One of the first Tumblr sites I started to follow when I first started “tumblring” was “Everyone is Gay”. It’s a Q&A/support site for those who seek advice about their sexuality, their relationships, and even how to deal with stress with their work, school, and family. The two women who run the site, Kristin and Dannielle, are charmingly funny, supportive, and provide excellent advice. I really do love reading what they have to say because sometimes, even if the question isn’t necessarily mine, I might have a similar issue and their responses have helped. When I came out as bi, this site certainly provided me with some much needed support and just a good feeling of “hey - I’m not alone and what I am and feeling is OK!”
Over the past year or so, they launched a new initiative called The Parents Project. They’ve turned their focus to parents and guardians of LGBTQ kids and I think this is a wonderful and necessary endeavor. They’ve done similar work here where they’ve addressed questions and concerns from parents about how to be supportive and engaging with their children who may be gay or questioning or working through gender dysmorphia. The questions range from simple ones like “how can I talk to my kid about their sexuality” to the more complicated ones like “how can I love my gay child if it’s against my faith”. They’ve taken a number of the questions they’ve received from parents and put them in a book.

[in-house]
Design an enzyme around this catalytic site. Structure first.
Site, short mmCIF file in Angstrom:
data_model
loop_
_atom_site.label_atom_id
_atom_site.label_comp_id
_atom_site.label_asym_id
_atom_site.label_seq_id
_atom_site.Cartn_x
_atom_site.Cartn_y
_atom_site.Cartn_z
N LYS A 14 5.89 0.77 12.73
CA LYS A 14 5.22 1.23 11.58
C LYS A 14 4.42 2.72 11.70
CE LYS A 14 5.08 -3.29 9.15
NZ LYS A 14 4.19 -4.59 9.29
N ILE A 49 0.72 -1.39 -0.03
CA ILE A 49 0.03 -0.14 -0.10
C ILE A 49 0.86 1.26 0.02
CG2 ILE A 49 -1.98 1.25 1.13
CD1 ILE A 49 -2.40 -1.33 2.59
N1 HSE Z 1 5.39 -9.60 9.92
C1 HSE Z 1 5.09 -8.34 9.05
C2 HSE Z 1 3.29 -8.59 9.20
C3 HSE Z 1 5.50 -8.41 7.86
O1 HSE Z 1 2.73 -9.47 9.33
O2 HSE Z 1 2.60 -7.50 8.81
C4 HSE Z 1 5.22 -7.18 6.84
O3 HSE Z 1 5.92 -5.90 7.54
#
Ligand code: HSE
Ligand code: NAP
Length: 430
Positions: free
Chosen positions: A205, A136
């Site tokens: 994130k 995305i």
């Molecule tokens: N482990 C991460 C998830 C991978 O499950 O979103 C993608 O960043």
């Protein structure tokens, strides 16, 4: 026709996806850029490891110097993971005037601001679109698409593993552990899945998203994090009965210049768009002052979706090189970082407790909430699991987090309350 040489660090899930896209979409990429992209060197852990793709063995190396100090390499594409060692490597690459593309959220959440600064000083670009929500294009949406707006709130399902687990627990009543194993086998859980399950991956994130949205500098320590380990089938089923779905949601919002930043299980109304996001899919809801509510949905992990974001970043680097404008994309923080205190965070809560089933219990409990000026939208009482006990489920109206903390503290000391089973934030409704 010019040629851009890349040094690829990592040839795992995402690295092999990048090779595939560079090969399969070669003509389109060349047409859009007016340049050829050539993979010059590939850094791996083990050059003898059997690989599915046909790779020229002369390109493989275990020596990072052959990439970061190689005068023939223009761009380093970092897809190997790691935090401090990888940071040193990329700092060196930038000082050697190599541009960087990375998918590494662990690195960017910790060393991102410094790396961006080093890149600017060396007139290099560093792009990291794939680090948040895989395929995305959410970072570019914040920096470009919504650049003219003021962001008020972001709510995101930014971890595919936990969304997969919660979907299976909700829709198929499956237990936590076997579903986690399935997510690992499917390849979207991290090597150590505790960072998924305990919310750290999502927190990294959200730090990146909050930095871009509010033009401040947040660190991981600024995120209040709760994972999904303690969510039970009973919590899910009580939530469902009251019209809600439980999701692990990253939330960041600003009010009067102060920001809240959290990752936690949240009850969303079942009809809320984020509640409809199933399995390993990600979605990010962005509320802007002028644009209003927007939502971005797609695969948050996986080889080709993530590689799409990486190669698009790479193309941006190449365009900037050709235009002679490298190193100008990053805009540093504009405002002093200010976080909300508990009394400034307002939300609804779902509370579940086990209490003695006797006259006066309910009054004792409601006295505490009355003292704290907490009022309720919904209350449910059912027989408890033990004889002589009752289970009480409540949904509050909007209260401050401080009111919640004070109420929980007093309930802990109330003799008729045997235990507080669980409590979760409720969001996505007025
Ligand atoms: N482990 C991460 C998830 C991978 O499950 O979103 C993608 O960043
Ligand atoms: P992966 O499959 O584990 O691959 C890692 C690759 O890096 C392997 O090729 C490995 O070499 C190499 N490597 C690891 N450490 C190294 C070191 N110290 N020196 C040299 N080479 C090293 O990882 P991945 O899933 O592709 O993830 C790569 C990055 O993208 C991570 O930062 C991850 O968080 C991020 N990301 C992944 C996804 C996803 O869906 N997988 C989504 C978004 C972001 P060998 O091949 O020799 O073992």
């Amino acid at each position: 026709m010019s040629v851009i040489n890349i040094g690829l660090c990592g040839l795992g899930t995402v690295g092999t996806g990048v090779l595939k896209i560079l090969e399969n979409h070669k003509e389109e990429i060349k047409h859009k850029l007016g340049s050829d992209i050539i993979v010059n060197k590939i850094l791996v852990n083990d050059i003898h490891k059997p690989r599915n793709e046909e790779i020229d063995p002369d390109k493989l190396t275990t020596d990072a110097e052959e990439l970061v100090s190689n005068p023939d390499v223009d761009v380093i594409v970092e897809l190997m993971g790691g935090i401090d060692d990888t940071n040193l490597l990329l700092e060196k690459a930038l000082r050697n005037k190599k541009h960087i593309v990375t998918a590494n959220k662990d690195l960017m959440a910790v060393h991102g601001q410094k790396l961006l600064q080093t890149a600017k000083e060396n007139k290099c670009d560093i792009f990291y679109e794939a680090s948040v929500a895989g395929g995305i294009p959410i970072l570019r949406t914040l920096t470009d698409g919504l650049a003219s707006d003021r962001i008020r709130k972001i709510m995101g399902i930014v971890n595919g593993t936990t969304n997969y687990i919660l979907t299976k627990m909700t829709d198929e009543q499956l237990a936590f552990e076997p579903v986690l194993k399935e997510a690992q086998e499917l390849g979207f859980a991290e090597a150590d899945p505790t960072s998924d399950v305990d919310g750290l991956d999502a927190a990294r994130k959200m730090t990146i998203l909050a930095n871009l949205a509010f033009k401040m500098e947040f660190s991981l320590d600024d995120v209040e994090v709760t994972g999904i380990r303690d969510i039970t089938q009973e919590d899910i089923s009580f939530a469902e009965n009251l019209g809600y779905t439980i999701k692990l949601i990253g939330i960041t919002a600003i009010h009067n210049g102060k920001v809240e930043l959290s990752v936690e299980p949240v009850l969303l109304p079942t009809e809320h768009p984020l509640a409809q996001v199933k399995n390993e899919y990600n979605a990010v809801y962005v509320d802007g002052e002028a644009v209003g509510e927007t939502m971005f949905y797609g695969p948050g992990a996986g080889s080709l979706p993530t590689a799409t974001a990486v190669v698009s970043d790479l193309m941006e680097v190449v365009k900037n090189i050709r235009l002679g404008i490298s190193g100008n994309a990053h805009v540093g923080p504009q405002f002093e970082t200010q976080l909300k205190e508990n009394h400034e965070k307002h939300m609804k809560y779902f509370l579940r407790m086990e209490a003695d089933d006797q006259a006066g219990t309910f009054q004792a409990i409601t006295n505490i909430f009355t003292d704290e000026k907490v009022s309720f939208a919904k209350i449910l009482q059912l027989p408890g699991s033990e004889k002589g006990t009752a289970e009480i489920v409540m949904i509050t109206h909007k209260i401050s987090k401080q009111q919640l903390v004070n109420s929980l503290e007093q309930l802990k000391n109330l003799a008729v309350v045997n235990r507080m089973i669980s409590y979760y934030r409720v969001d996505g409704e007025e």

A number of my friends on Facebook have recently had children or have had multiple children. Talking about sexuality is difficult, whether you’re the parent or the child. Outside pressures on both tend to keep the conversation to a minimum. The goal of this book is to hopefully give parents the tools for approaching the topic of sexuality and relationships with their children, especially if their child is not heterosexual. I know that most of my friends here are fairly open-minded and that if their child did come out to them, they would be loved and supported and encouraged to be the wonderful beings that they are. But, it’s still can be difficult and maybe a little scary.
I’m not saying to immediately go out and buy this book (I’m certainly not being paid to do so at any rate), but I wanted to help spread the word about it. This is an excellent initiative by a duo of women who have helped so many young folks out there on their road to self discovery. I don’t have kids now, but I very well might buy this book just to provide me a solid footing for when I do.